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Sport Climbing - About belaying safety

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ropey
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Sport Climbing - About belaying safety

Postby ropey » Sun, 12 Feb 2006 9:43 pm

I am kind of stuck in a problem, would like to seek advice from more
mature folks (which aren't my friends). :)

I've been sport climbing for a while now, sort of, under an
instructor(s), and sometimes I see some people belaying perhaps the
wrong way, which may be (1) very serious mistake (not observed as of
now) or (2) mistake which MAY be potentially serious.

I don't know if I should just tell them the right way to do it --but
then they may not take it seriously since I'm not an instructor; or
if I should consult with the instructor to confirm that it's wrong,
then tell the instructor who has been making that mistake --but I may
get on the bad side of some people or may seem like some ass who likes
to make other people look bad/ backstabbing.

So...I'm always this indecisive. It sucks a lot.

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Postby AirCon » Sun, 12 Feb 2006 10:33 pm

How good would you feel if someone gets hurt and you didn't do anything about it.
Make sure you are right, then tell the instructir your view one-to-one. If he still gets it wrong then he is a dickhead.

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tiki
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Postby tiki » Sun, 12 Feb 2006 11:07 pm

If you see someone who's about to be run over by a truck, would you alert the poor soul or would you whip out your cell phone and start dialling for an ambulance?

.... my advice is if you reckon you're really indecisive, pick up another sport mate.
'If you feel alive
in a darkened room
Do you know the name
of your solitude..'

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Postby Wham » Mon, 13 Feb 2006 10:03 am

The give and take of criticism is the source of more anxiety than most any other type of interpersonal communication - so tread lightly. BUT, if you are sure they are doing it wrong, then you should say something. I learned to climb in the 70s, and back then there were two variations used depending on skill and circumstances. I would suggest something along the lines of "excuse me, i wonder if you could help me out with something? I was taught that the proper way to belay is ABC but i see that you are doing XYZ. Was i mistaught or is there an alternate method that you are using that i was not aware of?" It is possible that some instructor is just being lazy and using an ill advised short cut and you question will make him realize he is setting a bad example. It is also possible that the proliferation of mass marketed climbing walls is resulting in a lot of bad form - and accidents will follow.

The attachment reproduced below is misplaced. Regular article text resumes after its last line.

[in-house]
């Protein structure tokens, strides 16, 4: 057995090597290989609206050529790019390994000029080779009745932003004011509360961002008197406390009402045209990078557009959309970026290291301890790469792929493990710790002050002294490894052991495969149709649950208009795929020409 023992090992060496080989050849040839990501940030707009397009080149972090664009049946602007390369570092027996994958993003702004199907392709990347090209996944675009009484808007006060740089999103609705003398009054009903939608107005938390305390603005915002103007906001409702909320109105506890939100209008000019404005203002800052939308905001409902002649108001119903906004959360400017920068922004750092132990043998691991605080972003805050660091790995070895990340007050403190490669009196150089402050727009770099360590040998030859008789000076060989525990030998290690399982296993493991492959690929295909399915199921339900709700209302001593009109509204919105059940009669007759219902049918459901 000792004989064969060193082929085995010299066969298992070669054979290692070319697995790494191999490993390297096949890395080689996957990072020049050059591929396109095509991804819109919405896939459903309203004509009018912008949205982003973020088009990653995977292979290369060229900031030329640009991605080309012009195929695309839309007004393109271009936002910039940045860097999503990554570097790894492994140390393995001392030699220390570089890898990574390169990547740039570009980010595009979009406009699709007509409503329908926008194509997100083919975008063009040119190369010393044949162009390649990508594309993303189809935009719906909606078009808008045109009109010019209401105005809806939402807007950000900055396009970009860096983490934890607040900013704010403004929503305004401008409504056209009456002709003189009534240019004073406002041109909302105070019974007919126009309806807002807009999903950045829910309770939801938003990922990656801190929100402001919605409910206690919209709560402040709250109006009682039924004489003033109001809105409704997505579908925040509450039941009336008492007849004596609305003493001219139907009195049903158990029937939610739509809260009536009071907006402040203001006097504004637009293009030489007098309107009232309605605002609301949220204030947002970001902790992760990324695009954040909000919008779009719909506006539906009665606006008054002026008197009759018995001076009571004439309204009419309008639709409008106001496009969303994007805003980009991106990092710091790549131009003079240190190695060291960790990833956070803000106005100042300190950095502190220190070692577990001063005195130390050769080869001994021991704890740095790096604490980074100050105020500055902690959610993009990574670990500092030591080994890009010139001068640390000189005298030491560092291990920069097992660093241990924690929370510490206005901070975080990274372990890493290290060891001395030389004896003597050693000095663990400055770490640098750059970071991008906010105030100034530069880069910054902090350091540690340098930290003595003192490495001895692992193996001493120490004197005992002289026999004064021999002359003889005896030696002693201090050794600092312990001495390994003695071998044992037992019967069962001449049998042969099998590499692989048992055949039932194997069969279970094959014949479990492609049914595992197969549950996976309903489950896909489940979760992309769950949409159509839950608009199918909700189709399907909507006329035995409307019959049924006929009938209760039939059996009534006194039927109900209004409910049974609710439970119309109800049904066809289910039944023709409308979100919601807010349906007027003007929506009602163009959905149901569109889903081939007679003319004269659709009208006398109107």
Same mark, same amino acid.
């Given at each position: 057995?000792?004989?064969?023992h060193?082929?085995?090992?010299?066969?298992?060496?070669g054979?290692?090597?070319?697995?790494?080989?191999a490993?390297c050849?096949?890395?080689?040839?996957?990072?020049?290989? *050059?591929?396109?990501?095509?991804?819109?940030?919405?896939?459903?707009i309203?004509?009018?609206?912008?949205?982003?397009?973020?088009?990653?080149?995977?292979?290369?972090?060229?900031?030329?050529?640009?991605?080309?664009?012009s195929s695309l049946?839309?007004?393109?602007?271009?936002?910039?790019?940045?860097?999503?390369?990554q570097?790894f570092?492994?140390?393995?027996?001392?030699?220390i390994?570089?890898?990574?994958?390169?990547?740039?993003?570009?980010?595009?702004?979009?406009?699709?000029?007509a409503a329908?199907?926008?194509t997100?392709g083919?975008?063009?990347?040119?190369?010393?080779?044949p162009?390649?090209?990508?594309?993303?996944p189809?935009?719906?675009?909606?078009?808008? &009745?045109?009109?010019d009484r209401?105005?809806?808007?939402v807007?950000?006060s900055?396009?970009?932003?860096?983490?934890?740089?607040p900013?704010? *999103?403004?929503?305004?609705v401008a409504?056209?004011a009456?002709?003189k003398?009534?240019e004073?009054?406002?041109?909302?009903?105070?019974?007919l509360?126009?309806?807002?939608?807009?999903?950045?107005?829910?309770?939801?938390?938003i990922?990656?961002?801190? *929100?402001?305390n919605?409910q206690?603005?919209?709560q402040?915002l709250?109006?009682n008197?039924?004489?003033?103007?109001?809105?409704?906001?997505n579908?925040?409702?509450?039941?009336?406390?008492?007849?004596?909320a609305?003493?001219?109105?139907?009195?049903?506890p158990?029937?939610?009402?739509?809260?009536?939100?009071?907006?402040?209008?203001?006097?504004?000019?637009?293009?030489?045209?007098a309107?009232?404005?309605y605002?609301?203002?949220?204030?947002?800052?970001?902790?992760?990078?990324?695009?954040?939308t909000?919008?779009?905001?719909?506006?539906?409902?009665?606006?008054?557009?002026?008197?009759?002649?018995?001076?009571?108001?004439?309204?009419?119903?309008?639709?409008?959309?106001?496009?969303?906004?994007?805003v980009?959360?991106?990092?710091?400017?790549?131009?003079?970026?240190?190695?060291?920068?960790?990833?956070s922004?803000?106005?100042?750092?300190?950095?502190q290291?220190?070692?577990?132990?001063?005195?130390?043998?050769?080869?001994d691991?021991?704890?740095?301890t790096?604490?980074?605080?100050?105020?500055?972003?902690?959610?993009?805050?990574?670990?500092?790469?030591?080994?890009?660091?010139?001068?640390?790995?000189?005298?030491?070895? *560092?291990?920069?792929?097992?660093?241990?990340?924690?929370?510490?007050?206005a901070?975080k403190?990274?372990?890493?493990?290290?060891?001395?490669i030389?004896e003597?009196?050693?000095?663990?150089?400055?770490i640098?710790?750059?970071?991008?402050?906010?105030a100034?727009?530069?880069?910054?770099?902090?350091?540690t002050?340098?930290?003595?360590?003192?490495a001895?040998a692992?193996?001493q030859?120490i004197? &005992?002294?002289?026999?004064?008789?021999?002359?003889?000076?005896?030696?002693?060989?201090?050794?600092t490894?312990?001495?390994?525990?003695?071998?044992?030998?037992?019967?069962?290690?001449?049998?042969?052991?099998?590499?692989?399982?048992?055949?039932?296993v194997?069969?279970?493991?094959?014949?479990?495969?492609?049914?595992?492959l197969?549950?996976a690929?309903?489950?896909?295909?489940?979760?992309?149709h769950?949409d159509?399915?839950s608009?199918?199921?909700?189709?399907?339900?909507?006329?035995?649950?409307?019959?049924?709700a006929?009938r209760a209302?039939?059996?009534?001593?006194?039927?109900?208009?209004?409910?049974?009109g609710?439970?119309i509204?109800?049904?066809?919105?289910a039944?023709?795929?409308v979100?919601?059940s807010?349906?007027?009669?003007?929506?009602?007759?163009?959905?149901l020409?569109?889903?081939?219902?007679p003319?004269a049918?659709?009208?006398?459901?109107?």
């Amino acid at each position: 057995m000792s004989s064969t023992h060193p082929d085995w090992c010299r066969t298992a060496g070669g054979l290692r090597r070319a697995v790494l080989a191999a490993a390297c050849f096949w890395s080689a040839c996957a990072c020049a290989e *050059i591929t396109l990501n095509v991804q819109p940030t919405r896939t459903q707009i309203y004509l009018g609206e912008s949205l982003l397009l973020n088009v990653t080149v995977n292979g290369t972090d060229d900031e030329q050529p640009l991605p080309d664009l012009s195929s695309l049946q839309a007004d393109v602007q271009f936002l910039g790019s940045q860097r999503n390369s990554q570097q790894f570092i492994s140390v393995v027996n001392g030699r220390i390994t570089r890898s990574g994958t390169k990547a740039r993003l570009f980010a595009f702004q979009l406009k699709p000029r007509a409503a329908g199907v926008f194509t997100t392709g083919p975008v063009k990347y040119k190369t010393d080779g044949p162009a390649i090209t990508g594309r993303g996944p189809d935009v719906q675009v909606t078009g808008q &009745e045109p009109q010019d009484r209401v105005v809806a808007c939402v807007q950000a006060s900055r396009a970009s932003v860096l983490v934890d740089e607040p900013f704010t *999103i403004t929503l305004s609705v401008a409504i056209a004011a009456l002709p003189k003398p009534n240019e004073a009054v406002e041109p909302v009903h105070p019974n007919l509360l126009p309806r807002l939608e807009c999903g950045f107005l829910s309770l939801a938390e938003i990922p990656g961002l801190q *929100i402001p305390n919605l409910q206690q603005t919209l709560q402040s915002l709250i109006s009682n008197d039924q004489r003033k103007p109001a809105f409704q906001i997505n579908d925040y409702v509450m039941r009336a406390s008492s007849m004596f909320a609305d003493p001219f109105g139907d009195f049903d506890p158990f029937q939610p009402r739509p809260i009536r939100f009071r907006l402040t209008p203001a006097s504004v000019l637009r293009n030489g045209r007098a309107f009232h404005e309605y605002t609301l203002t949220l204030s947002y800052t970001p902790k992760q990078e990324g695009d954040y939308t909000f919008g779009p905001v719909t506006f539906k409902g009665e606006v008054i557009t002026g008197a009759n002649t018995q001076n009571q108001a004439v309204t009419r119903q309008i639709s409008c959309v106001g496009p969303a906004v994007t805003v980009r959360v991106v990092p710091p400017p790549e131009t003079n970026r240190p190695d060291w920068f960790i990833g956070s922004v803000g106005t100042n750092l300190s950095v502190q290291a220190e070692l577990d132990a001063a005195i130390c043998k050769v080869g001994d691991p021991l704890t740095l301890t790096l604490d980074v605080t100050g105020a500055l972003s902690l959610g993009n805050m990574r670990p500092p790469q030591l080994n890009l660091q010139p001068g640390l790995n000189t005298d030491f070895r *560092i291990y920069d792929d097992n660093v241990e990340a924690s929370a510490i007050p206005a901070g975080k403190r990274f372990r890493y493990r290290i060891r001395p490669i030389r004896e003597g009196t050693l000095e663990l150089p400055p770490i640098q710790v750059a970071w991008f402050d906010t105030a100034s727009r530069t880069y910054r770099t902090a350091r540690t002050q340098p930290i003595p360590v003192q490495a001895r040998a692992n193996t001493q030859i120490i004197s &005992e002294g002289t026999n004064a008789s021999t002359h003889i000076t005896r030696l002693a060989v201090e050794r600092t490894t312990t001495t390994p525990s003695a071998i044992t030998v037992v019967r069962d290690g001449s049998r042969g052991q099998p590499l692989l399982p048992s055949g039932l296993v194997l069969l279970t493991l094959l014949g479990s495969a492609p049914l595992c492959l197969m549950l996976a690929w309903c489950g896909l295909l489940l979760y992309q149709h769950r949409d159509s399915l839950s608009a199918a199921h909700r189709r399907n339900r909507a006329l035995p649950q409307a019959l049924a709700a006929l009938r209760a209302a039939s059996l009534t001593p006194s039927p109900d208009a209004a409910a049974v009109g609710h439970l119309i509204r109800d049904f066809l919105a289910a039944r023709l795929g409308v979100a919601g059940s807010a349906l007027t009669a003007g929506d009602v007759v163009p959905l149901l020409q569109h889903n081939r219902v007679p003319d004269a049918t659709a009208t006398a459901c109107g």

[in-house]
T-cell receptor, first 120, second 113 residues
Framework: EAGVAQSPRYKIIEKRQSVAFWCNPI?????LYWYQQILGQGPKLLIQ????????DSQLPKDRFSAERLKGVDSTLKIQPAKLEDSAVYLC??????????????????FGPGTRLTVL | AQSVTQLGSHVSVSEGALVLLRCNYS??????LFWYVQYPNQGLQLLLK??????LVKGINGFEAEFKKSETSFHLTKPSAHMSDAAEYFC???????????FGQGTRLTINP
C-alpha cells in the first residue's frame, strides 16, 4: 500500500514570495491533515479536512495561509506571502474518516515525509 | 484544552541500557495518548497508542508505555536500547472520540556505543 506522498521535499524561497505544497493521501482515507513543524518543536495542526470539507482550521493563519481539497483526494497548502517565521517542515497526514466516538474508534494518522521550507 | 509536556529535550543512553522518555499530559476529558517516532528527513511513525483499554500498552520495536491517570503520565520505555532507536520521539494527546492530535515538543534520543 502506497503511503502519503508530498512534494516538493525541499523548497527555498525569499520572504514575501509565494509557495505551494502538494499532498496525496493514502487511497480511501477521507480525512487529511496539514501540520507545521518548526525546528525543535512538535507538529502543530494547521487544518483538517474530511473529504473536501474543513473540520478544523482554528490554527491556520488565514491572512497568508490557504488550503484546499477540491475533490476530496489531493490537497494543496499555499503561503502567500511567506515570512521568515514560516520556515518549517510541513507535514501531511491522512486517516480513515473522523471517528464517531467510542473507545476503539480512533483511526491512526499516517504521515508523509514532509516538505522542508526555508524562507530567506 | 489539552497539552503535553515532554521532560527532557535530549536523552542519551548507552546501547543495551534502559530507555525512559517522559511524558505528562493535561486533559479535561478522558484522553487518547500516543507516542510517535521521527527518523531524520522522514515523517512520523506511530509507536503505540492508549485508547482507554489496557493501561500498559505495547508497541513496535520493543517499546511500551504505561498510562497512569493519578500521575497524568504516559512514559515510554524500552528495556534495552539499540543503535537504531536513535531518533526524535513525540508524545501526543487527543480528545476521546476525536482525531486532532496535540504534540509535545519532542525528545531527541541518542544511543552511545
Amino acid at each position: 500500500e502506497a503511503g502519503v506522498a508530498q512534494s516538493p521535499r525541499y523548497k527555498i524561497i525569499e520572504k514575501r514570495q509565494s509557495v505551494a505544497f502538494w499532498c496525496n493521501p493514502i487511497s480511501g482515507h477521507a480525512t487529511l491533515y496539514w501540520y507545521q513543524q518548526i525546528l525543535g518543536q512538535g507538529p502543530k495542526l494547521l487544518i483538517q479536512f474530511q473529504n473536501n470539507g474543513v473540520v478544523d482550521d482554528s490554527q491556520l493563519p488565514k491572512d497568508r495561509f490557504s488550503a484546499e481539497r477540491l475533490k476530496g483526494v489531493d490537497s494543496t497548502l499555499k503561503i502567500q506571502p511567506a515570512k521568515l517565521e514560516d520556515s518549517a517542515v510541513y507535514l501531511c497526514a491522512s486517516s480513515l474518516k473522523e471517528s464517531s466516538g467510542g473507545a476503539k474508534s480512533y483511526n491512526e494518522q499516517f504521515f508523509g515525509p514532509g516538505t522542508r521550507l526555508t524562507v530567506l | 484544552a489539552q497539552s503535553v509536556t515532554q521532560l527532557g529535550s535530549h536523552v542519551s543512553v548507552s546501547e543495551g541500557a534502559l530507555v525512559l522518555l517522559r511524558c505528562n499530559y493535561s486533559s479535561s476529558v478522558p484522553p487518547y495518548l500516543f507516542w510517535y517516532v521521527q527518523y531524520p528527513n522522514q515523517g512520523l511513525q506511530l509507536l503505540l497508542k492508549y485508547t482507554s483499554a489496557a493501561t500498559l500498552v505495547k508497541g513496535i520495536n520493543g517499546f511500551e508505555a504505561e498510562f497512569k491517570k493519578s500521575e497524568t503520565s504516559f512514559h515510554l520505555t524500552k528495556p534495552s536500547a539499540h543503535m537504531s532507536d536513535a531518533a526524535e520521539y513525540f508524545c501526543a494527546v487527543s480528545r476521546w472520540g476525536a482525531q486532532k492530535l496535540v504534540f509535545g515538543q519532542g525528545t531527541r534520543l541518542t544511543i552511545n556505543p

Be selfish - if you did NOT do the right thing and there was an accident - you would feel bad. Avail yourself of the opportunity to live with a clean conscience and say something. Good luck.
"He who makes a beast of himself gets rid of the pain of being a man." Samuel Johnson

ropey
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Postby ropey » Mon, 13 Feb 2006 1:55 pm

I don't think it's an alternative method, for example: when both ropes are parallel, the person kind of keeps his hand too close to the belay device. Isn't there a great chance his hands would get stuck in the holes in case the person falls?

Should I tell the instructor one-on-one after everyone's gone or should I just tell the instructor in the person's presence?

.

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Postby Quasimodo » Mon, 13 Feb 2006 2:23 pm

Now you're starting to be silly, aren't you?
One in the hand is worth two of something

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Postby Wham » Mon, 13 Feb 2006 5:34 pm

Quasi, Good point. Might have to call you "WIMPY" instead of "ROPEY." If you don't have the balls to sort this out, what are you doing rock climbing?
"He who makes a beast of himself gets rid of the pain of being a man." Samuel Johnson

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tiki
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Postby tiki » Mon, 13 Feb 2006 9:28 pm

I am serious mate, I really think you should give some thought about switching to another sport. Not to sound discouraging but before something unfortunate happens...